Saving for College: A 529 Plan Q&A

Student loan debt. Did your stomach just drop? Did your brow furrow with a sudden onset headache? Did you feel a shiver down your spine? If so, you probably have debt thanks to student loans you took out to attend college. The average student loan debt in Tennessee is just over $26,000 and if a student goes on to attend graduate school, the numbers will just keep going up. Debt is that ever-tightening noose around the neck and it’s not a noose I want my son to wear.

But let’s be real, how many of us can really afford the high price of higher education? Let’s use the obvious Marble City institution as an example. The University of Tennessee currently posts tuition at $6,362 per semester for in-state residents. The tuition rate does not include the facilities fee, technology fee, library fee, transportation fee, books and supplies, or any number of housing expenses that are inevitable. “At the current published rates, an estimated total tuition, fees and living expense price for a 4 year bachelor’s degree at The University of Tennessee is $118,504 for students graduating in normal time (CollegeCalc).” Oy!

But an education is a valuable thing so thousands of students pursue the degree and saddle the debt.

My husband and I were very fortunate to have generous parents who could afford (albeit scarcely) the tuition for our undergraduate degrees. We both walked across the stage with a degree and debt free. I knew as a student and even more so now, that this was not the norm and now 11 years later, most of my friends are still paying for the degree they earned. It’s  terrible reality.

Which is why when the organization I work for recently added a 529 plan to our non-insurance benefits options, I walked straight into our CFO’s office and gave him a high-five (because hugs are inappropriate). For anyone who doesn’t know, a 529 plan is a college savings fund with incentives and other benefits that make it a little easier to save for college for a child or grandchild.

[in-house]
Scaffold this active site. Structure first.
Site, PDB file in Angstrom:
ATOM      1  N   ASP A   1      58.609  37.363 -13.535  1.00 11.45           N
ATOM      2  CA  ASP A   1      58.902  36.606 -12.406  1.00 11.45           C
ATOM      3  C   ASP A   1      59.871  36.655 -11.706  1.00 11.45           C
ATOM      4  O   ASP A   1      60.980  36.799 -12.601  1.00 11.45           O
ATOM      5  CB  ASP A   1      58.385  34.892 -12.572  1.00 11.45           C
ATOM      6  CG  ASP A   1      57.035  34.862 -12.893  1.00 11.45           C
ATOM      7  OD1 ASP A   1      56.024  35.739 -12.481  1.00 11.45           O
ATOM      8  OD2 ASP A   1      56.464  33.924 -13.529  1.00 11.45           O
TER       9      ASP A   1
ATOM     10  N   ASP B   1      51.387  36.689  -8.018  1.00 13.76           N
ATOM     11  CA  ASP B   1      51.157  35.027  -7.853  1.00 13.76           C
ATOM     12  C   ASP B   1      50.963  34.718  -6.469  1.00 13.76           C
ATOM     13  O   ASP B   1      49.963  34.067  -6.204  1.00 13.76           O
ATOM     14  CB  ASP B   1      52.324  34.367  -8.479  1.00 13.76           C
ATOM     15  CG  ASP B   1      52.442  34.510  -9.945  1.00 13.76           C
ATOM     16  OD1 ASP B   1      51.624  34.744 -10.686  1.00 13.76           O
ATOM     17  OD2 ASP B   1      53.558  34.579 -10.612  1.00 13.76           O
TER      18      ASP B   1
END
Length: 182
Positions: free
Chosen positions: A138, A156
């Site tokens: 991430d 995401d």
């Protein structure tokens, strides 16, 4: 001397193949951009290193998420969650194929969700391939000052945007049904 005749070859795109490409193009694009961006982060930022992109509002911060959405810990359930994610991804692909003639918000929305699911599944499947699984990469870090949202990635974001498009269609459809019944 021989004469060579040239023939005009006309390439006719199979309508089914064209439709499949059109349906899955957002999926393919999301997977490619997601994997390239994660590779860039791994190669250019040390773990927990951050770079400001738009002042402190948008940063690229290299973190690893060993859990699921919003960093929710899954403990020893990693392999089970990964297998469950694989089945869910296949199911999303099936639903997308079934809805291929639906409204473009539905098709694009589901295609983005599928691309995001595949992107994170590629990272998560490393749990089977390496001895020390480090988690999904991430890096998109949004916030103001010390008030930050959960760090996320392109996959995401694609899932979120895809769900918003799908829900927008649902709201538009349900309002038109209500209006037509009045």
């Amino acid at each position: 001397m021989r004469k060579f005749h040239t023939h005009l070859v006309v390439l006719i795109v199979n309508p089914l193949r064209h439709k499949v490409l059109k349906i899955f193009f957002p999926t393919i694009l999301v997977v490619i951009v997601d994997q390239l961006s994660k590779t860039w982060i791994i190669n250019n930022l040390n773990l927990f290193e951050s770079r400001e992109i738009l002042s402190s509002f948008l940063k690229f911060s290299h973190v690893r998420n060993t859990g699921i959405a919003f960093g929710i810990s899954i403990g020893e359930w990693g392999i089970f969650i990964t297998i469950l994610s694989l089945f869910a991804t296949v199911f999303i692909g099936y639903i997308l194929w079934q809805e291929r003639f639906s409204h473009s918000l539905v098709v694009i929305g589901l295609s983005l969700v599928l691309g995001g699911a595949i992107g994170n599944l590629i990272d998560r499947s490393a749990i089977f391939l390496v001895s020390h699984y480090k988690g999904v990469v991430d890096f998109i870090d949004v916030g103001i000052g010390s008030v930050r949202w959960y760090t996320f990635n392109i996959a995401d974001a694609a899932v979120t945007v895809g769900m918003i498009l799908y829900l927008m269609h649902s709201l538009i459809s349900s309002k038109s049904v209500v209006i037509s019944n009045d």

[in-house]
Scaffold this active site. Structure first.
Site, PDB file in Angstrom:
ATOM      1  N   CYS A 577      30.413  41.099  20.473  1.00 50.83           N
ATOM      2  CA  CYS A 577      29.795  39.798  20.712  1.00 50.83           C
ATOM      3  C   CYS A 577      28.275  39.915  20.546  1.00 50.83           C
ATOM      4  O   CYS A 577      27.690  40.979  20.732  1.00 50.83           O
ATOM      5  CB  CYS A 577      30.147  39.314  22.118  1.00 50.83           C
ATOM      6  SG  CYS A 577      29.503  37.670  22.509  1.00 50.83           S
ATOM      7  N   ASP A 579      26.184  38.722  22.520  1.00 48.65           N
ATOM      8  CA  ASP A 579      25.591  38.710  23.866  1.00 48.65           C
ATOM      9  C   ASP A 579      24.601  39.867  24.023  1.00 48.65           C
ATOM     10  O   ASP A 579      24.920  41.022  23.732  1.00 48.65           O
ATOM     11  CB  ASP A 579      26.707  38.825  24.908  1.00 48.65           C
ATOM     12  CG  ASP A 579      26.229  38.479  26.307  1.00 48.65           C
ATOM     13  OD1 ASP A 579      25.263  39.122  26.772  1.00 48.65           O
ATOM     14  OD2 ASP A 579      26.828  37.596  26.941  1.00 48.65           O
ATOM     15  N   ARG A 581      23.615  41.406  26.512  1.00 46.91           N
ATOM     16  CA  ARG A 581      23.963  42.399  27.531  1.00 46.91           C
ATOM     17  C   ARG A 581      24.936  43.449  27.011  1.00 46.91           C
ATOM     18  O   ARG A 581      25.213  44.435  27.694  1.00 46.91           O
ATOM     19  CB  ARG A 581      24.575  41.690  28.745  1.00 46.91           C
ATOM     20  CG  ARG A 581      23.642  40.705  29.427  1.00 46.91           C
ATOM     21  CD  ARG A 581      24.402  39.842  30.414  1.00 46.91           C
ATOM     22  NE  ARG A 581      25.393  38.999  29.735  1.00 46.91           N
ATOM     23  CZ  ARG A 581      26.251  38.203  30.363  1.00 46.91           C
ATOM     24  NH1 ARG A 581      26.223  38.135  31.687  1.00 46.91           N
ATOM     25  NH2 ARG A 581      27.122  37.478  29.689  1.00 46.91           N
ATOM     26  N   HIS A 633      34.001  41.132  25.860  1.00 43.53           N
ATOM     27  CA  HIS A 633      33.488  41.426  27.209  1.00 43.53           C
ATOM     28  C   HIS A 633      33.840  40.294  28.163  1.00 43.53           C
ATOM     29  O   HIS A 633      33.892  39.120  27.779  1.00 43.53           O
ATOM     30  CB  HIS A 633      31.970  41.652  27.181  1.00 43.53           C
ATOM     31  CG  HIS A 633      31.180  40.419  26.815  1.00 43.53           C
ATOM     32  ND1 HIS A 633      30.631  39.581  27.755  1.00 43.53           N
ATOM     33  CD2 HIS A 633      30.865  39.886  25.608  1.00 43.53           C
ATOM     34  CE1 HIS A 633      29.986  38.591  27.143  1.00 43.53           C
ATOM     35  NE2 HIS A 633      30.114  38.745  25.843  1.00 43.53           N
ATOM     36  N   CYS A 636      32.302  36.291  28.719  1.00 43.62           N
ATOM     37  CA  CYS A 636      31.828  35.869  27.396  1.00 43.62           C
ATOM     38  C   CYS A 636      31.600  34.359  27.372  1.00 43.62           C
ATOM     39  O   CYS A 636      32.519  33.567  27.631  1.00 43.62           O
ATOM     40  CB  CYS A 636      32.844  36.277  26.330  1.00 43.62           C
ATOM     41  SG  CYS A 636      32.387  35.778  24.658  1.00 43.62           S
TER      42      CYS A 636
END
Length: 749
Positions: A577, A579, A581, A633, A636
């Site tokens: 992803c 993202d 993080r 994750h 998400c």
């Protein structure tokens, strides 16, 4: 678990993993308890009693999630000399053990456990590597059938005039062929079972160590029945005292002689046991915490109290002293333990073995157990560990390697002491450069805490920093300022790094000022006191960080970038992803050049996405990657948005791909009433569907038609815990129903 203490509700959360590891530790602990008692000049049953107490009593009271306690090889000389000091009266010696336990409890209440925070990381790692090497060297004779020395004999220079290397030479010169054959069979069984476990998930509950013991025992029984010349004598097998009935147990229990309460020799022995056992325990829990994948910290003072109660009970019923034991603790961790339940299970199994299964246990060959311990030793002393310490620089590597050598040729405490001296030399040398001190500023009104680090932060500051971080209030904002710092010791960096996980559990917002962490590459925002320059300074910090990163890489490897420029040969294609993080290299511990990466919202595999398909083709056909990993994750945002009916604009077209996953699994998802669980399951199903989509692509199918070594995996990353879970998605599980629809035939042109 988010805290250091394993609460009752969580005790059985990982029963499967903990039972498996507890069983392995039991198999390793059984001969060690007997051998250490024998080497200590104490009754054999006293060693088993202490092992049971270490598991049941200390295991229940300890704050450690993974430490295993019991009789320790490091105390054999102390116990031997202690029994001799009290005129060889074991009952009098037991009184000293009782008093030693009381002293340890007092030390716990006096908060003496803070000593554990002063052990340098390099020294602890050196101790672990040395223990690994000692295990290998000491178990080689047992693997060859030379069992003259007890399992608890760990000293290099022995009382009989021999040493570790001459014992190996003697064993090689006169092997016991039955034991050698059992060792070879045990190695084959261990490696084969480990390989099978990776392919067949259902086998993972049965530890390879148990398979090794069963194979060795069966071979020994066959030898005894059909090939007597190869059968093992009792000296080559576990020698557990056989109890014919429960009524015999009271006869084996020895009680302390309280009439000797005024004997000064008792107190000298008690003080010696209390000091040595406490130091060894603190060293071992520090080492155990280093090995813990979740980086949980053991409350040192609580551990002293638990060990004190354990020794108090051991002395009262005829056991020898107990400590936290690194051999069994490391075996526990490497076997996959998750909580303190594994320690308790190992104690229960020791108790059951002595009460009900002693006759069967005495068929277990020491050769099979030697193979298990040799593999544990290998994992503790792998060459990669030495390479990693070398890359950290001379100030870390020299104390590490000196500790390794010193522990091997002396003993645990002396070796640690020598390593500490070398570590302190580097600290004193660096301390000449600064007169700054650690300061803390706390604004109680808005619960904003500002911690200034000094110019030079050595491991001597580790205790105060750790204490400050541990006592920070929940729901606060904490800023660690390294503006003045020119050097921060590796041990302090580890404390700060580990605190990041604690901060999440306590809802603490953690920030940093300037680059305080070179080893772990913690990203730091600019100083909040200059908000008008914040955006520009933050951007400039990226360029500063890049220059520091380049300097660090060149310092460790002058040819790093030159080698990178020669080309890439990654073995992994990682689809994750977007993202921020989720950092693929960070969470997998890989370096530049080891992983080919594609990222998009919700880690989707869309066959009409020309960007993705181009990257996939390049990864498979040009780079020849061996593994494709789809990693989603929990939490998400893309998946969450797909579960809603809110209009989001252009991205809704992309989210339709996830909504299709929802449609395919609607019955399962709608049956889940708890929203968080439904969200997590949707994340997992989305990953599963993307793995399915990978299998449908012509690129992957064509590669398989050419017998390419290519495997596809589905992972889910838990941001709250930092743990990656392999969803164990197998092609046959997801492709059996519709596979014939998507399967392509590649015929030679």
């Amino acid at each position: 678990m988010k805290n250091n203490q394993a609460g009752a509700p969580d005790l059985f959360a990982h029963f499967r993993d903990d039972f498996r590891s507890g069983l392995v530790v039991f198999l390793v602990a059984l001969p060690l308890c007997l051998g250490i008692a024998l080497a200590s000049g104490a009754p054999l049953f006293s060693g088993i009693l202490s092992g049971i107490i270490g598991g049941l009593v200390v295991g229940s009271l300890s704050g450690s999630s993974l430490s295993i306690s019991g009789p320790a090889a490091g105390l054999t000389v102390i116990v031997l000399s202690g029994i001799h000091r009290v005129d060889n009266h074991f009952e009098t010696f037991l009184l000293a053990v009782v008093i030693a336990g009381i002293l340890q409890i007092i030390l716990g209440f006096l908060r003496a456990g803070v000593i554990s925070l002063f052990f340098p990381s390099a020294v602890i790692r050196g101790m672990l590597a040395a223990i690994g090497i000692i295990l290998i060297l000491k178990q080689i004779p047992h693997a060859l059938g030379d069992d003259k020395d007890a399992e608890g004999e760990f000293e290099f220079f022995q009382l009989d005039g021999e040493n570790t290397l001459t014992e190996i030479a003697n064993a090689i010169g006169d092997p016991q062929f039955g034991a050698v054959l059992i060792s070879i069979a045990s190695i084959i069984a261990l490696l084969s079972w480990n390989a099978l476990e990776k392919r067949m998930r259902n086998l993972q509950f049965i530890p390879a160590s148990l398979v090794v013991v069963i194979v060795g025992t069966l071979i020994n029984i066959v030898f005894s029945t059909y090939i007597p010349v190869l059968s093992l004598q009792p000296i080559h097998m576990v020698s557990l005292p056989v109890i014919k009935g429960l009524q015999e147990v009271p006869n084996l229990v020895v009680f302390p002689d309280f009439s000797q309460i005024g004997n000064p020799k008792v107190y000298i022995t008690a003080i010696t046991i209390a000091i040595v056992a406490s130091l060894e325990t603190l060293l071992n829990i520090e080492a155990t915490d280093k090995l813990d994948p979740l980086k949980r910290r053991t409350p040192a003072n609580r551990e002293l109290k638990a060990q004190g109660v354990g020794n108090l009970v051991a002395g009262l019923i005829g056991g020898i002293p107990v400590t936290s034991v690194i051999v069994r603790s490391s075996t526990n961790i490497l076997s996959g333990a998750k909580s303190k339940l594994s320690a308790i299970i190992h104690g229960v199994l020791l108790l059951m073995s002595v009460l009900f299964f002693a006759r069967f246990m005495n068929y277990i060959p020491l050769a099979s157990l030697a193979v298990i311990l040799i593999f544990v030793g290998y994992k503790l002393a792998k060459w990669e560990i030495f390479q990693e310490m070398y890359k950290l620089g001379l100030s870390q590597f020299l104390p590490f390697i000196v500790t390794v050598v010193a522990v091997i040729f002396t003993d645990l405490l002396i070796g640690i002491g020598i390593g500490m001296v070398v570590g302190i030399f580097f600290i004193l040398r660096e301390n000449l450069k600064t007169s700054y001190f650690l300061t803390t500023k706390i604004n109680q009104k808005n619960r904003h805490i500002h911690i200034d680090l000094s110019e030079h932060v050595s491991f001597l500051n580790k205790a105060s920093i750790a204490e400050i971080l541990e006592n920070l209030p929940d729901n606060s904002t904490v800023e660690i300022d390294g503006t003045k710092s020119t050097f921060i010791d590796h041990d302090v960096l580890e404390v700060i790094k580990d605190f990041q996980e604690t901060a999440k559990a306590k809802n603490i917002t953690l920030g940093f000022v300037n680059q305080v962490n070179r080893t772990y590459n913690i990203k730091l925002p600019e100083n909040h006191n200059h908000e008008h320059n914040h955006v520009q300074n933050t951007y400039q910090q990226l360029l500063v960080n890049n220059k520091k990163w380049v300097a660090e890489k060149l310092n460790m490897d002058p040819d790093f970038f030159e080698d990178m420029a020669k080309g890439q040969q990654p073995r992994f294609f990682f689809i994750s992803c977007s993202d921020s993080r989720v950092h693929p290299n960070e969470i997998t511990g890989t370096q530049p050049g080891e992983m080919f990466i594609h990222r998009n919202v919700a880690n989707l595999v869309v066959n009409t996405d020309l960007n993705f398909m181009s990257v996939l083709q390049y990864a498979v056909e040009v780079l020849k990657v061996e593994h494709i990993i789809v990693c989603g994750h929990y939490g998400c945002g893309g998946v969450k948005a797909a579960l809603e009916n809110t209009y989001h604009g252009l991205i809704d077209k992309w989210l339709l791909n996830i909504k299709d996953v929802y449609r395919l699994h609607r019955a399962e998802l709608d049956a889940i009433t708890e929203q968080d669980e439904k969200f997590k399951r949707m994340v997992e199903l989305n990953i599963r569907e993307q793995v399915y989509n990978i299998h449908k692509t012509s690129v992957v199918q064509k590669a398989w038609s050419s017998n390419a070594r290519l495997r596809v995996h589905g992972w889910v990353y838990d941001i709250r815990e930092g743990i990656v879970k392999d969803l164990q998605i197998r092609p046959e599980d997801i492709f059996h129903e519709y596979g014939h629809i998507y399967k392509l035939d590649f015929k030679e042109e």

Since I’ve been down this road already and have learned a few things, here are just a few of the questions you should asked before starting a 529 plan:

Are there tax benefits/incentives for funds contributed and withdrawn from a 529 plan?

The good news is the distributions from the account for eligible education expenses are not subject to federal or state income tax and the earnings grow tax-free. The bad news, if it’s really all that bad, is that the contributions to the account are after-tax and are not tax deductible. Because 529 plans are state-sponsored, some states add incentives to compete for your business over another 529 plan.

Who can start a 529 plan?

Literally, anyone and everyone. You don’t have to be a parent or even a guardian of the beneficiary. Here’s looking at you loving aunties!* Parents, grandparents, relatives and friends over the age of 18 can start a 529 plan.

*Unless you are planning to start a 529 plan with better benefits, plan options, or lower fees, or you are an expert in investments, it is probably best to ask the beneficiary’s parents if a 529 plan already exists for their child. This way contributions are consolidated which may make it easier for the beneficiary to withdraw. Also, it could make family reunions less awkward if you’re all on the same team.

Is there a limit to how much I can contribute?

What are you made of money?? Ok, yes, there are limits to how much can be contributed. Contributions to any particular child’s 529 plan cannot exceed $14,000 per year* without being subject to federal gift tax but if you have 3 children and 3 separate 529 plans, you can contribute $14,000 to each plan in a year.

*There is an exception in the IRS codes for larger contributions. See IRS Form 709,  Schedule A: Computation of Taxable Gifts.